Private Equity/Alternative Investments
What Is Private Equity?
Private Equity is capital – specifically, shares representing ownership of or an interest in an entity – that is not publicly listed or traded. It is composed of funds and investors that directly invest in private companies, or that engage in buyouts of public companies with the intention to take them private.
Private equity is an alternative investment class and consists of capital that is not listed on a public exchange. Private equity is composed of funds and investors that directly invest in private companies.
Private equity investment comes primarily from institutional investors and accredited investors, who can dedicate substantial sums of money for extended time periods.
Private equity firms raise money from institutional investors and accredited investors to invest in different types of assets. The most popular types of private equity funding are listed below.
- Distressed funding: Also known as vulture financing, money in this type of funding is invested in troubled companies with underperforming business units or assets. The intention is to turn them around by making necessary changes to their management or operations or make a sale of their assets for a profit.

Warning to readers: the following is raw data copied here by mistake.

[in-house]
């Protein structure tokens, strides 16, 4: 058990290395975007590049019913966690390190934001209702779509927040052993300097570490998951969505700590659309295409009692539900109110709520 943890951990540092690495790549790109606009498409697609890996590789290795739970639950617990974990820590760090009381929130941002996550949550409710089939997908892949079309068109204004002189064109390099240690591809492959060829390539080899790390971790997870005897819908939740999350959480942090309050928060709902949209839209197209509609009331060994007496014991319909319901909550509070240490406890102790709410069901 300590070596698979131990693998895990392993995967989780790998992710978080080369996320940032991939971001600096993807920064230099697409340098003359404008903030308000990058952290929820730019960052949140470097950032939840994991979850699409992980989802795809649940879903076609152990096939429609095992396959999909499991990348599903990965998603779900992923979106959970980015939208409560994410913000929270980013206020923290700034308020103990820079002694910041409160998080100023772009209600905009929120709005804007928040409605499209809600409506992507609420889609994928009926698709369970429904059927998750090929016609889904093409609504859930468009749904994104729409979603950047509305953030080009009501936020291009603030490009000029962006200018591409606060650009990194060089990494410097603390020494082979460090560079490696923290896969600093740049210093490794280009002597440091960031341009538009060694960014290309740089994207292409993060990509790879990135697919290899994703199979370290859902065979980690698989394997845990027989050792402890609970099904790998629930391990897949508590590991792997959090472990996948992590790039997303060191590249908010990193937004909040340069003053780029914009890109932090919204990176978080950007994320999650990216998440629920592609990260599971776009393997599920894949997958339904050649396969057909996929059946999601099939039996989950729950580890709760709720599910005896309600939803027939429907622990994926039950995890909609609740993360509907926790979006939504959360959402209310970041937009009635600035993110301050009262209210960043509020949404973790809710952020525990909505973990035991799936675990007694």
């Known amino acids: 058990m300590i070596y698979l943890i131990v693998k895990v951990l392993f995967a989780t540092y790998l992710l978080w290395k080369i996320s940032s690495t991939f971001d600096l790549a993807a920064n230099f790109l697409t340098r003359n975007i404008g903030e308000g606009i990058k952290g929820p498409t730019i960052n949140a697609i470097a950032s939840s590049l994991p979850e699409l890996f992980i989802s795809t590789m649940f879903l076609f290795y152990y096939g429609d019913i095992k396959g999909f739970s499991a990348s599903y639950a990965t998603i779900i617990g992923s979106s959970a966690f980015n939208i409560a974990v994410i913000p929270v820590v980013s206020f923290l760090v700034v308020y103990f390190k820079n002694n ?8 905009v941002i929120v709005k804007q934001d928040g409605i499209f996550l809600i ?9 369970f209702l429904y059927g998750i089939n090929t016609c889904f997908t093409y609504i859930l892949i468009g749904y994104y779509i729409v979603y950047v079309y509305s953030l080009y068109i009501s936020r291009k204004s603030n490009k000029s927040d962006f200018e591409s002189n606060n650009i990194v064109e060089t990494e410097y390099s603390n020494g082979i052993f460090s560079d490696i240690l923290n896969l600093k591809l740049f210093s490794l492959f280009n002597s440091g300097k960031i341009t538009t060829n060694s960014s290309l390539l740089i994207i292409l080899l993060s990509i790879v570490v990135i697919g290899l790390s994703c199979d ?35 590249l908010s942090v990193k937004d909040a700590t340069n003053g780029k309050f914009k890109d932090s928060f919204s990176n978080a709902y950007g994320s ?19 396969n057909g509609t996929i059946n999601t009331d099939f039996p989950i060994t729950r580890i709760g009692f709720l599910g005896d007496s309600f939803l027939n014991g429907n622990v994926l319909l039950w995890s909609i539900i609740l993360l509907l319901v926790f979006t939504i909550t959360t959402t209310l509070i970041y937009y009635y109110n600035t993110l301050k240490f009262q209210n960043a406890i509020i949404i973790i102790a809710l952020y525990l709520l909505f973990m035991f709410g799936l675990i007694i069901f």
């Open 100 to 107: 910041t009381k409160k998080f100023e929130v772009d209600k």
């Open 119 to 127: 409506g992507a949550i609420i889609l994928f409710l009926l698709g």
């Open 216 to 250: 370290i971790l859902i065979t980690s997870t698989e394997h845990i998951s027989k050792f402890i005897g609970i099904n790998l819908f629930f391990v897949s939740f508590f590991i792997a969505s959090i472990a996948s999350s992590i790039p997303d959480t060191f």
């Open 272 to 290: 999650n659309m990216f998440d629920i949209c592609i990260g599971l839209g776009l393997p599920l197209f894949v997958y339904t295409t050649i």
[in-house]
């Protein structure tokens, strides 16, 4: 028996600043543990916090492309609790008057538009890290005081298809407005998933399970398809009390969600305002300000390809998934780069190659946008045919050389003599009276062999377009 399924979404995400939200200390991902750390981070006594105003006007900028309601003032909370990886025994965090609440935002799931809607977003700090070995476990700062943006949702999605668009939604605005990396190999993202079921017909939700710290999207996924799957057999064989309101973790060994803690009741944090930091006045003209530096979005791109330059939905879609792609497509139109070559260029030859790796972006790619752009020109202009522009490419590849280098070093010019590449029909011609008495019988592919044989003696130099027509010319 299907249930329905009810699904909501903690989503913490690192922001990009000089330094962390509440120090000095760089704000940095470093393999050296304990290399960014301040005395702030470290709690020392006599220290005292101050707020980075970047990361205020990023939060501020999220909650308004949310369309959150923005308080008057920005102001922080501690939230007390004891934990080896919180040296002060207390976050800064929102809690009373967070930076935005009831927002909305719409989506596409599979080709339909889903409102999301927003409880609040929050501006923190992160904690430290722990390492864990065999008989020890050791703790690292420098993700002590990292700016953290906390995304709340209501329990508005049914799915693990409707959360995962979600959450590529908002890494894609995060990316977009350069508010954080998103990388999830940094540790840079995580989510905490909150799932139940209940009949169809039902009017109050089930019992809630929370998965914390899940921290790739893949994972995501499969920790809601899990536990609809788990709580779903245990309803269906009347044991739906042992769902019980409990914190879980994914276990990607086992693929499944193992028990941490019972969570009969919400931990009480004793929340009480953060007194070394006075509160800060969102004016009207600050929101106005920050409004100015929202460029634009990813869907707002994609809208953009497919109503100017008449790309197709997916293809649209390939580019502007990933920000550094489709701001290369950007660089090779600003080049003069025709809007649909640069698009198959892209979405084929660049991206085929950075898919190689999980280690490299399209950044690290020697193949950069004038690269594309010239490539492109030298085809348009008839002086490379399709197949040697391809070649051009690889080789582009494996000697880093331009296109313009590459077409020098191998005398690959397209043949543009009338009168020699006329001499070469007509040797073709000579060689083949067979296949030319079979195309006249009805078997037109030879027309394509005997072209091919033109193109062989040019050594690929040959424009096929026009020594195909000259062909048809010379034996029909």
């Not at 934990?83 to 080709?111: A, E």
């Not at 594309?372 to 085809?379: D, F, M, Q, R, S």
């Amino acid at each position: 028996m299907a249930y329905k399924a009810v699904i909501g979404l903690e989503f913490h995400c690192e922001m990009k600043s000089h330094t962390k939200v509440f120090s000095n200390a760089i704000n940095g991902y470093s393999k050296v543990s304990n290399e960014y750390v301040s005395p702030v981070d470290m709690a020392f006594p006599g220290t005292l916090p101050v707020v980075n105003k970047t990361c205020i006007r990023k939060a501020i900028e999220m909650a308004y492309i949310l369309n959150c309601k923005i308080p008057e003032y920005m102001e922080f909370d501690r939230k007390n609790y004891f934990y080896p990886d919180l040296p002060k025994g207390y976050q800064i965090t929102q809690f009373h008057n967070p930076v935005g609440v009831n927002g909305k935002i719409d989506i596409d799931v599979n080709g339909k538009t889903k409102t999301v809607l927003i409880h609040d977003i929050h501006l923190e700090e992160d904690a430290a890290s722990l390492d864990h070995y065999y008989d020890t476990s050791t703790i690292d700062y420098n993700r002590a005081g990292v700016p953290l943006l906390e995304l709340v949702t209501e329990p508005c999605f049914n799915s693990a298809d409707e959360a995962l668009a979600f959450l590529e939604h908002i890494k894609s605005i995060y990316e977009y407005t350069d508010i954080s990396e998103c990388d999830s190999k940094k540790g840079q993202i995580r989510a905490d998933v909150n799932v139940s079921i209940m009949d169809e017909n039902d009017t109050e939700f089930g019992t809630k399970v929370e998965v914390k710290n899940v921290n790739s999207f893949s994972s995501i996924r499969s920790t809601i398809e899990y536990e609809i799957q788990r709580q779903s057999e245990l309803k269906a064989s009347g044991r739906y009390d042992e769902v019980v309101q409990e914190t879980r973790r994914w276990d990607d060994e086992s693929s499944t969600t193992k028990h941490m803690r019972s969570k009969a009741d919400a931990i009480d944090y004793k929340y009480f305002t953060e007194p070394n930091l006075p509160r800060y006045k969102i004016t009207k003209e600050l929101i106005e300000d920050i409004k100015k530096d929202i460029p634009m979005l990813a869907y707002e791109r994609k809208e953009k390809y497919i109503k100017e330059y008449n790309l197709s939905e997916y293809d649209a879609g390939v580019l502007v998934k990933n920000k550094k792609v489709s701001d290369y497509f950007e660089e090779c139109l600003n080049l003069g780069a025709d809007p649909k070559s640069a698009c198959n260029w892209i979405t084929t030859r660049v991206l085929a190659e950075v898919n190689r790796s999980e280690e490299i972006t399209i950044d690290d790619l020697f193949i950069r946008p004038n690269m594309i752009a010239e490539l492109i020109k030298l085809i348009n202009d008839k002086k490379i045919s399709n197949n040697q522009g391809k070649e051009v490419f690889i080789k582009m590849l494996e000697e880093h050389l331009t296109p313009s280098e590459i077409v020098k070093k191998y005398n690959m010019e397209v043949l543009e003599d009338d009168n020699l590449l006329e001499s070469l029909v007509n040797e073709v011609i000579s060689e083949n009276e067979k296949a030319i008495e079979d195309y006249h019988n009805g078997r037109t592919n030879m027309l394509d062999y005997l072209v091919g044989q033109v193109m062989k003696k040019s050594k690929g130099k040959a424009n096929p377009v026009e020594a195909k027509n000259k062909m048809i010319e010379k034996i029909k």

- Leveraged Buyouts: This is the most popular form of private equity funding and involves buying out a company completely with the intention of improving its business and financial health and reselling it for a profit to an interested party or conducting an IPO.
- Real Estate Private Equity: Typical areas where funds are deployed are commercial real estate and real estate investment trusts (REIT). Real estate funds require higher minimum capital for investment as compared to other funding categories in private equity. Investor funds are also locked away for several years at a time in this type of funding. According to research firm Prequin, real estate funds in private equity are expected to clock in a 50 percent growth by 2023 to reach a market size of $1.2 trillion.
- Fund of funds: As the name denotes, this type of funding primarily focuses on investing in other funds, primarily mutual funds and hedge funds. They offer a backdoor entry to investor who cannot afford minimum capital requirements in such funds. But critics of such funds point to their higher management fees (because they are rolled up from multiple funds) and the fact that unfettered diversification may not always result in an optimal strategy to multiply returns.
- Venture Capital: Venture capital funding is a form of private equity, in which investors, also known as angels, provide capital to entrepreneurs.